Japan’s health ministry just released some startling statistics on the country’s population: Babies there are being born at the lowest rate since the ministry began keeping track in 1947.
About 1 million newborns entered the world in 2014; that’s down 9,000 from 2013. By contrast, the ministry tallied 1.27 million deaths. The decline in births is so significant that one estimate predicts the population could shrink by 30 million by the year 2050, greatly reducing the country’s GDP and putting a strain on pension and social welfare systems. The government warns that if things don’t change soon, more than 40% of the population will be over the age of 65 by 2060. These numbers raise one important question: why aren’t more people starting families? Analysts point to a few possible reasons:
- The increased costs of raising a child
- More women working full-time
- Couples getting married later in life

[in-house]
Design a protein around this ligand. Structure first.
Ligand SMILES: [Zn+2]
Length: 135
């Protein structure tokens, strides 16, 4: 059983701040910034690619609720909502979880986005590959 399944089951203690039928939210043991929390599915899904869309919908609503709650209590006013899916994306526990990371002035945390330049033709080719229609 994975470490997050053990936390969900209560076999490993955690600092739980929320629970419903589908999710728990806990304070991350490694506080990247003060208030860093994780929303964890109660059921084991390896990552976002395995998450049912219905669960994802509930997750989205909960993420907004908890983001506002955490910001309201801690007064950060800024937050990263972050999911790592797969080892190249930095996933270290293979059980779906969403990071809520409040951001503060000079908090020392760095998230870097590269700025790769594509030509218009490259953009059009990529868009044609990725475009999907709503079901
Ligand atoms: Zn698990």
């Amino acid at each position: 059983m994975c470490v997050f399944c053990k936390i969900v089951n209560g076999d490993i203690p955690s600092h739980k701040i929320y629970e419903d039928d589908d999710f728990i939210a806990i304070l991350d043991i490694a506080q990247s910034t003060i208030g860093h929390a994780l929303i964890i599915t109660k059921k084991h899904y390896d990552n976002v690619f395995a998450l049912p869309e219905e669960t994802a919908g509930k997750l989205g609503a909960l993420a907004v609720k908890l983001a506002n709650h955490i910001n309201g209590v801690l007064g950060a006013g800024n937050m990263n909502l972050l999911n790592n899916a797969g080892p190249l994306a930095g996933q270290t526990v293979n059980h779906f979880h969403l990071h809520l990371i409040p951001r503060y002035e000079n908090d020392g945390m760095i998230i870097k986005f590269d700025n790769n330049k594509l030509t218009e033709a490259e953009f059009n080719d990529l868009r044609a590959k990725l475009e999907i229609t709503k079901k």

- A rapidly rising number of young people who aren’t interested in conventional relationships
A 2013 survey by the Japan Family Planning Association found that 45% of women between the ages of 16 and 24 have no interest in physically intimate contact. Meanwhile, a recent poll by Japan Today reveals that 26.5% of men aged 25-39 are virgins.
Though social factors unique to Japan will continue to shrink its population, many other nations face similar economic and social uncertainty as people get married later in life and have fewer children.
Today on AirTalk, we’ll explore the social challenges contributing to Japan’s population decline. We’ll also look at the impact that a shrinking population could have on the world economy.
John Weeks, author of “ Population: An Introduction to Concepts and Issues“ and distinguished professor emeritus of geography, San Diego State University